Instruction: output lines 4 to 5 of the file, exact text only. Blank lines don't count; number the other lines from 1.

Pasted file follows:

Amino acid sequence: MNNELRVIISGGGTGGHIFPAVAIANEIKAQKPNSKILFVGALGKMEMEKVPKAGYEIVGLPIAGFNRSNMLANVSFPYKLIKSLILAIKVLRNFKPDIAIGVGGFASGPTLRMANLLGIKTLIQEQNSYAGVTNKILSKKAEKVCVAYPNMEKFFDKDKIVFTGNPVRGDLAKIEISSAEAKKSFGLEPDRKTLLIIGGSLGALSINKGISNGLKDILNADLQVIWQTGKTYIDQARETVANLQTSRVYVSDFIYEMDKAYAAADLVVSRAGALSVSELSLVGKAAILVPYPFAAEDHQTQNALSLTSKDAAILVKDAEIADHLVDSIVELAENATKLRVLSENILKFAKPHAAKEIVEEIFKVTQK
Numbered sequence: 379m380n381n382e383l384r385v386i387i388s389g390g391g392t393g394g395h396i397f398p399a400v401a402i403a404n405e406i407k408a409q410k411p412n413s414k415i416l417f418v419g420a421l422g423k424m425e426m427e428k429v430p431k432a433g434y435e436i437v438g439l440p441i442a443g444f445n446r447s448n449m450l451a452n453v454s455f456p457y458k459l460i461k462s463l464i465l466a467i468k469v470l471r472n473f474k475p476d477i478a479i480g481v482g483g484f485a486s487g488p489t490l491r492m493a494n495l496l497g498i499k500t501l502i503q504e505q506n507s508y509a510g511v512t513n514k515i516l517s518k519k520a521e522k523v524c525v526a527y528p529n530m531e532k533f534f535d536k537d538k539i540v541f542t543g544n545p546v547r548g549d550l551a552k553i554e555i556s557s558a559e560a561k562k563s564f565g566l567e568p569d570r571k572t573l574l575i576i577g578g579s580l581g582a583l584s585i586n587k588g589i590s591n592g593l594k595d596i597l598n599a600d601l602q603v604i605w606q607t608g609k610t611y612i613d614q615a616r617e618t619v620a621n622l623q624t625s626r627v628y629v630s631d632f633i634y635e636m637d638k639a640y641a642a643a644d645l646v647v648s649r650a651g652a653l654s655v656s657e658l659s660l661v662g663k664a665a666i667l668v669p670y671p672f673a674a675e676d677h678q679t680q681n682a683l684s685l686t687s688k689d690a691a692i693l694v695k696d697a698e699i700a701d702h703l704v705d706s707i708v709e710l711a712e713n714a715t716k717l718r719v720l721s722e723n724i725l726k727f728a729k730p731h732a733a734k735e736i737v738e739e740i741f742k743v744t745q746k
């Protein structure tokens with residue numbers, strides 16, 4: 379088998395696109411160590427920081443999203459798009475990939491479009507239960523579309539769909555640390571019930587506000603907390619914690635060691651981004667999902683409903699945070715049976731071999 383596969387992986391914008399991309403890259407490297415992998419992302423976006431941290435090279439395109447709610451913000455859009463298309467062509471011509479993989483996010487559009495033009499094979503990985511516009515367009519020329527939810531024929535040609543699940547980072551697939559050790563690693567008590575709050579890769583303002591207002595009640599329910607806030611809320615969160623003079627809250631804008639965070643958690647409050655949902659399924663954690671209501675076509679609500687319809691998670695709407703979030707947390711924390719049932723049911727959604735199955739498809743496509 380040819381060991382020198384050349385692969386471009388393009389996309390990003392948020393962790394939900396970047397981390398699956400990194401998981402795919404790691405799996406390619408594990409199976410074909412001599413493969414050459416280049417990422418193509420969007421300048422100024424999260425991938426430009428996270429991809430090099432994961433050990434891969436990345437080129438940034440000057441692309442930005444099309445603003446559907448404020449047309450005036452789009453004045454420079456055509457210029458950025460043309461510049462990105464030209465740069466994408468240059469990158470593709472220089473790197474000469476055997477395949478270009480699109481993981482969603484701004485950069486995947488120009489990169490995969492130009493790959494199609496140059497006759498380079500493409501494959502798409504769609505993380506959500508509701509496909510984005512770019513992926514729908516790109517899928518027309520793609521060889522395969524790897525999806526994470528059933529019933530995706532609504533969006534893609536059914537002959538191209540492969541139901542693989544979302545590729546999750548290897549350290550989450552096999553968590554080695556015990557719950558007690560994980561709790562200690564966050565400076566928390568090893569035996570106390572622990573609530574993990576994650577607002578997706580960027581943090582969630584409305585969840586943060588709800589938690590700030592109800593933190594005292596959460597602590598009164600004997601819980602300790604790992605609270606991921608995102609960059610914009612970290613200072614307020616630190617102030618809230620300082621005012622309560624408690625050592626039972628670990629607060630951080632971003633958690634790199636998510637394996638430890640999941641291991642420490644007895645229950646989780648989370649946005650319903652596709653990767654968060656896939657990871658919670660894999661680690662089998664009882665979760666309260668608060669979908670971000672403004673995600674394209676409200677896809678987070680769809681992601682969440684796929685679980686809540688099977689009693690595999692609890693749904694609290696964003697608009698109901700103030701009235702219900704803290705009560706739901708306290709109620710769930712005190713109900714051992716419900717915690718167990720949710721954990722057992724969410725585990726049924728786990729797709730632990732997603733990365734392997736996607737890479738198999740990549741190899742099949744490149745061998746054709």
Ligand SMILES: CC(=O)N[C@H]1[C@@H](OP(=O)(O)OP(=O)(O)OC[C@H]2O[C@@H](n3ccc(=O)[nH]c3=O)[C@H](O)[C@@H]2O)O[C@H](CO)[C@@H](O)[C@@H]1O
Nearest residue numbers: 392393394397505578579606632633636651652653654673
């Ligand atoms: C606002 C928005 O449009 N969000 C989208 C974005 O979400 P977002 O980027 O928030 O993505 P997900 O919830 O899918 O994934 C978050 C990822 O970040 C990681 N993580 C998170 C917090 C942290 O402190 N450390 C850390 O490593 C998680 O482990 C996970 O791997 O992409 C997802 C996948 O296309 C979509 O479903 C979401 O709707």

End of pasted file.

Ligand SMILES: CC(=O)N[C@H]1[C@@H](OP(=O)(O)OP(=O)(O)OC[C@H]2O[C@@H](n3ccc(=O)[nH]c3=O)[C@H](O)[C@@H]2O)O[C@H](CO)[C@@H](O)[C@@H]1O
Nearest residue numbers: 392393394397505578579606632633636651652653654673